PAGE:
Gordon Sondland, the U.S. ambassador to the European Union and a key witness in the House Democrats’ impeachment inquiry, is ready to testify to Congress this week that a text message he sent to fellow diplomats defending President Trump against wrongdoing in his Ukraine dealings was actually relayed to him by Trump himself, according to The Washington Post.
A source cited by the Post said Sondland plans to tell lawmakers that he can’t vouch for whether or not the president was honest when he said there was no quid pro quo in his urging the Ukrainian president to investigate former vice president Joe Biden. “It’s only true that the president said it, not that it was the truth,” the source was quoted as saying of Sondland’s testimony.
Trump and his allies have pointed to Sondland’s words in the Sept. 9 text exchange—in which he shot down a fellow diplomat’s suggestion that Trump was withholding security aid to Ukraine in order to force the country’s hand on Biden—as proof that the impeachment inquiry against Trump is nothing more than a witch hunt. In that exchange, Sondland took several hours to respond to a suggestion by Bill Taylor, the top U.S. diplomat to Ukraine, that Trump was leveraging aid to clinch a political favor. When Sondland finally did respond, he told Taylor he was “incorrect.”
“The President has been crystal clear: no quid pro quo’s of any kind. The President is trying to evaluate whether Ukraine is truly going to adopt the transparency and reforms that President Zelenskiy promised during his campaign,” Sondland said.
The Washington Post now reports that Sondland had contacted Trump before responding, and Trump told him he “didn’t want a quid pro quo.” That call is said to have last less than five minutes.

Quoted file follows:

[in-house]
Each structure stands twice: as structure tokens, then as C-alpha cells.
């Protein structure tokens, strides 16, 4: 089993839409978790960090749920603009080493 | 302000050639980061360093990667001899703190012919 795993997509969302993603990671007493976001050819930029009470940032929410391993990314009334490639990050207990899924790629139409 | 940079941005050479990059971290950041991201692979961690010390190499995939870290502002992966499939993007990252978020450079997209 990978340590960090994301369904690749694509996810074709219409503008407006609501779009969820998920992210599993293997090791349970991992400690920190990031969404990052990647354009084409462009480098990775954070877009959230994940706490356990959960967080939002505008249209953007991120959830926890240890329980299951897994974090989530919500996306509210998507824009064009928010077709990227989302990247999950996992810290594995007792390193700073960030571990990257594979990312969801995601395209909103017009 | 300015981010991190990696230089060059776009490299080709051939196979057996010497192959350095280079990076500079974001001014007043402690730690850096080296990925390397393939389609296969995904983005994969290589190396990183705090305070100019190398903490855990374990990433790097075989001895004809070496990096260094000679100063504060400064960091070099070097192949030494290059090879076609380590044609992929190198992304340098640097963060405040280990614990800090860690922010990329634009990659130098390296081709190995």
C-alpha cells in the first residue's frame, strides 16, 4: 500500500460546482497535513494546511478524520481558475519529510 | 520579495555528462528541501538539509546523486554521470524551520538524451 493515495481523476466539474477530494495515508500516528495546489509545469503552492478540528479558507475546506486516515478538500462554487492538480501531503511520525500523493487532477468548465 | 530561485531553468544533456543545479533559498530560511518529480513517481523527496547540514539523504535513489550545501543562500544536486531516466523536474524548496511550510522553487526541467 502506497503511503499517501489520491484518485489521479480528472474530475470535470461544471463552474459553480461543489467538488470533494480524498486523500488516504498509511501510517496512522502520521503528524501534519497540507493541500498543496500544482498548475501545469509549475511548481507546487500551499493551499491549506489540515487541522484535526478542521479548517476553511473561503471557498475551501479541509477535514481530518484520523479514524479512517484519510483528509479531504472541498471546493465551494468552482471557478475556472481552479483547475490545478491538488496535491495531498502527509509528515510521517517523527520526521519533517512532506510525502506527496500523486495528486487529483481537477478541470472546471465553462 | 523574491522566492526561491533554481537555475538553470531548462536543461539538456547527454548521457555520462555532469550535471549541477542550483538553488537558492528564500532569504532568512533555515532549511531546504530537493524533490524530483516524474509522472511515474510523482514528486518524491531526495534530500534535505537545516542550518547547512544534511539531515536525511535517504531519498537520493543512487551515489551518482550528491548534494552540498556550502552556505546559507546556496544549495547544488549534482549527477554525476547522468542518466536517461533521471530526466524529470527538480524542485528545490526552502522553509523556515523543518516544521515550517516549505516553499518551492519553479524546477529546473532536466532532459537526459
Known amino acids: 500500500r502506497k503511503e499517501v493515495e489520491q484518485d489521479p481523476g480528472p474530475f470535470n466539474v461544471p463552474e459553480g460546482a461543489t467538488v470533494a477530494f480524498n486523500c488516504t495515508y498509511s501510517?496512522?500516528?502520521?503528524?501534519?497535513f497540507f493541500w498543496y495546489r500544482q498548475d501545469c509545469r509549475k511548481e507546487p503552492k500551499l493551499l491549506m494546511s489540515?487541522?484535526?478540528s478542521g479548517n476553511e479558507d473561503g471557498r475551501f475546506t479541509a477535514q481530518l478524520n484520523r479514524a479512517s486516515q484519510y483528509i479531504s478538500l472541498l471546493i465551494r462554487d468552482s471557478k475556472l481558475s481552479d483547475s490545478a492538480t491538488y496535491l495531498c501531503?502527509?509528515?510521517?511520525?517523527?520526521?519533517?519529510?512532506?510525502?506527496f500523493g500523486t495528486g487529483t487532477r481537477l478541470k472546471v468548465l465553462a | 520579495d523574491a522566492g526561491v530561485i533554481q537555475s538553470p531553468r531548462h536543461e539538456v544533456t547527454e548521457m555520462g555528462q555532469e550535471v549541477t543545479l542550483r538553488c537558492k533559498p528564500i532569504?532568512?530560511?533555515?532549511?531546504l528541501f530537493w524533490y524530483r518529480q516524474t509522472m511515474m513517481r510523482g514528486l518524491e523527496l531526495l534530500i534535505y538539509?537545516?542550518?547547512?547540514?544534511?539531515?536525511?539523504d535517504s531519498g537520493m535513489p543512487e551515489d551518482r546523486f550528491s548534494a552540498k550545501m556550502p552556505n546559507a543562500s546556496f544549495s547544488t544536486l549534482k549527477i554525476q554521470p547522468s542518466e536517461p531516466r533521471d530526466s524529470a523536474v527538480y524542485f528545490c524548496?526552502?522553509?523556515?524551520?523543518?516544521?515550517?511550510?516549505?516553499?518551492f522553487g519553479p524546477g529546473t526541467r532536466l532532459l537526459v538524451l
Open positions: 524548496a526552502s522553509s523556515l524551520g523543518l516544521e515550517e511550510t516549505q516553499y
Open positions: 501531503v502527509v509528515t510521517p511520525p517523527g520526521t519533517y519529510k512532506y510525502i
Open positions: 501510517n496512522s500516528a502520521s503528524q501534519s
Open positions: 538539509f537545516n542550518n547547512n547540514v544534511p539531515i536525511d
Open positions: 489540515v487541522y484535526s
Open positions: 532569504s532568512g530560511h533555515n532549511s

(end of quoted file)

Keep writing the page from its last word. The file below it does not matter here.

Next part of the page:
Sondland is also expected to say during his testimony on Thursday that he spent months prior to the September text exchange working at Trump attorney Rudy Giuliani’s direction to get Ukrainian authorities to announce publicly that they would be investigating corruption at the Ukrainian gas company linked to Biden's son.
In exchange for that announcement—described as the “deliverable” in the text messages—Ukrainian President Volodymyr Zelensky would finally get the White House meeting he'd been seeking, according to the Post.
“It was a quid pro quo, but not a corrupt one,” the person familiar with Sondland’s testimony told the Post.
Giuliani has publicly claimed that his discussions with Ukrainian officials to push for a Biden investigation were facilitated and directed by the State Department. But according to the whistleblower complaint that sparked the impeachment inquiry against Trump, State Department officials including Sondland and former U.S Special Envoy to Ukraine Kurt Volker had talked to Giuliani in a bid to “contain the damage” of his shadow diplomacy in Ukraine.
Sondland, a political appointee who donated $1 million to Trump’s inaugural committee, was blocked by the State Department from appearing for a deposition earlier this week, a move which Trump all but confirmed in a tweet declaring he didn’t want his ambassador to testify “before a totally compromised kangaroo court.”